Colin Meads

Discussion in 'General Rugby Union' started by Chuck, Jul 12, 2007.

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  1. Chuck

    Chuck Guest

    I'm surprised he hasn't been inducted already, but anyway,



    Colin Earl Meads, who played 133 times (55 of these were test matches) as an All Black from 1957 until 1971. His role in New Zealand rugby has been nothing short of iconic, and he was named New Zealand's Player of the Century at the NZRFU Awards dinner in 1999. He captained the All Blacks several times, mostly as a lock forward. Although never a regular captain, he holds the record of longest period of captaincy (NOT consecutive games), from the first date (1960) he was appointed captain to the last match he captained (1971).



    In 1955 he was selected for the New Zealand under 21 side which toured Ceylon (now Sri Lanka). He played all eight matches, scored three tries and was recognised as one of the 1955 season's most promising players. In 1956 he played in national trials and for the North Island, and in 1957 he was selected for the tour of Australia. He played ten matches and made his test debut, playing both of the internationals against the Wallabies, scoring a try in the second. Although a lock, he played at flanker and number 8, and even wing (from where he scored a try), as the All Black team was strong on locks.

    From 1957 until 1971 Meads became essentially an automatic All Black selection, and become an iconic figure for All Black rugby. He became memorable for a number of distinctive characteristics and feats. The image of the tall lanky lock running athletically across the field to score, and the way he held the ball with just one hand, remains etched in the memory of many All Black fans. His superhuman strength and high threshold of pain was legendary — best illustrated when in a game against Eastern Transvaal in South Africa he emerged from a particularly vicious ruck with his arm dangling horribly, with an obvious fracture, yet completed the match. When the doctor cut away his shirt and confirmed the break, Meads muttered, "At least we won the bloody game."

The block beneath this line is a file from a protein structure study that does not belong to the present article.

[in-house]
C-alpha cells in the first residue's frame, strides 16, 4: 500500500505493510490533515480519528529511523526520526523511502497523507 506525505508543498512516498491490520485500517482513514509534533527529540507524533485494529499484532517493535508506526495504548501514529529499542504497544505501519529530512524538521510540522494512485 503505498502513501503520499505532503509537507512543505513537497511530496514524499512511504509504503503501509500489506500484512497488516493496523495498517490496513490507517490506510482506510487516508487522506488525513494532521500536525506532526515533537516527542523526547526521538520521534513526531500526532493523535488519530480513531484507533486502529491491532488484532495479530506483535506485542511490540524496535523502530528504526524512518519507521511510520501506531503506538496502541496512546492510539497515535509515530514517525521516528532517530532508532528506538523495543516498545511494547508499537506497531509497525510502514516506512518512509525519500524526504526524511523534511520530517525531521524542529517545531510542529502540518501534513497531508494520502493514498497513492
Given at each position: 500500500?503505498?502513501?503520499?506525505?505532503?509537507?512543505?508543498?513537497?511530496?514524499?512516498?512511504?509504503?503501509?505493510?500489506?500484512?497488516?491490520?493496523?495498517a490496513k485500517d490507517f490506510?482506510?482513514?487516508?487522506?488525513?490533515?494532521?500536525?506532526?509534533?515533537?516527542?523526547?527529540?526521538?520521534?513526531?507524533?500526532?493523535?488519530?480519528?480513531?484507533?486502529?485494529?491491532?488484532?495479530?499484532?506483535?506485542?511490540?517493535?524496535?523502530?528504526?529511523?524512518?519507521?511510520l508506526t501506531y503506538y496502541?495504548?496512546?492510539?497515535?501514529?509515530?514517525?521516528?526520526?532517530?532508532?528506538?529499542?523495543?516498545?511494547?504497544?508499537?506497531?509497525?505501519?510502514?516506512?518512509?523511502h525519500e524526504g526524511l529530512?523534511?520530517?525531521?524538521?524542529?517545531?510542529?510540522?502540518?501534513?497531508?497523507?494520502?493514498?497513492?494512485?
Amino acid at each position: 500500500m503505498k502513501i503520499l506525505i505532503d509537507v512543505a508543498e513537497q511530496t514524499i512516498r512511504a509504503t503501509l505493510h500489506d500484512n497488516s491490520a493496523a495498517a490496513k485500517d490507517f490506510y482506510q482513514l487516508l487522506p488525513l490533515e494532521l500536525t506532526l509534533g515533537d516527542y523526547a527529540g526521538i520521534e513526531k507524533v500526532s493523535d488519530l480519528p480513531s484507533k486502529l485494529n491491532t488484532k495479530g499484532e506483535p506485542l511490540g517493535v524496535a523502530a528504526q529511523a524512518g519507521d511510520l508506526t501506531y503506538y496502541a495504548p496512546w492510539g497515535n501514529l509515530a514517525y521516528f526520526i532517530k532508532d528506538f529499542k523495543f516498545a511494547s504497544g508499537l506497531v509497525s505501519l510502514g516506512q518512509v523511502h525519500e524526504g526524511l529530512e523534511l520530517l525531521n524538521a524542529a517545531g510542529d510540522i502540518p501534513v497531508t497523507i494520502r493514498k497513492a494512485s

He had the reputation of being what euphemistically is called "an enforcer" and certainly he was involved in his share of controversial incidents and in 1967 he became only the second All Black ordered off in a test when Irish referee Kevin Kelleher dispatched him for dangerous play against Scotland at Murrayfield
     
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  3. shwing

    shwing Guest

    He should have been one of the first inductee along with Frik Du Preez and Willie John-McBride.

    Of curse there are plenty of others that should well be inducted like Gareth Edwards, Mike Gibson, Mark Ella. And thats just to name a very few.
     
  4. Bullitt

    Bullitt Guest

    Nomination cancelled as member is too lazy to write their own article.
     
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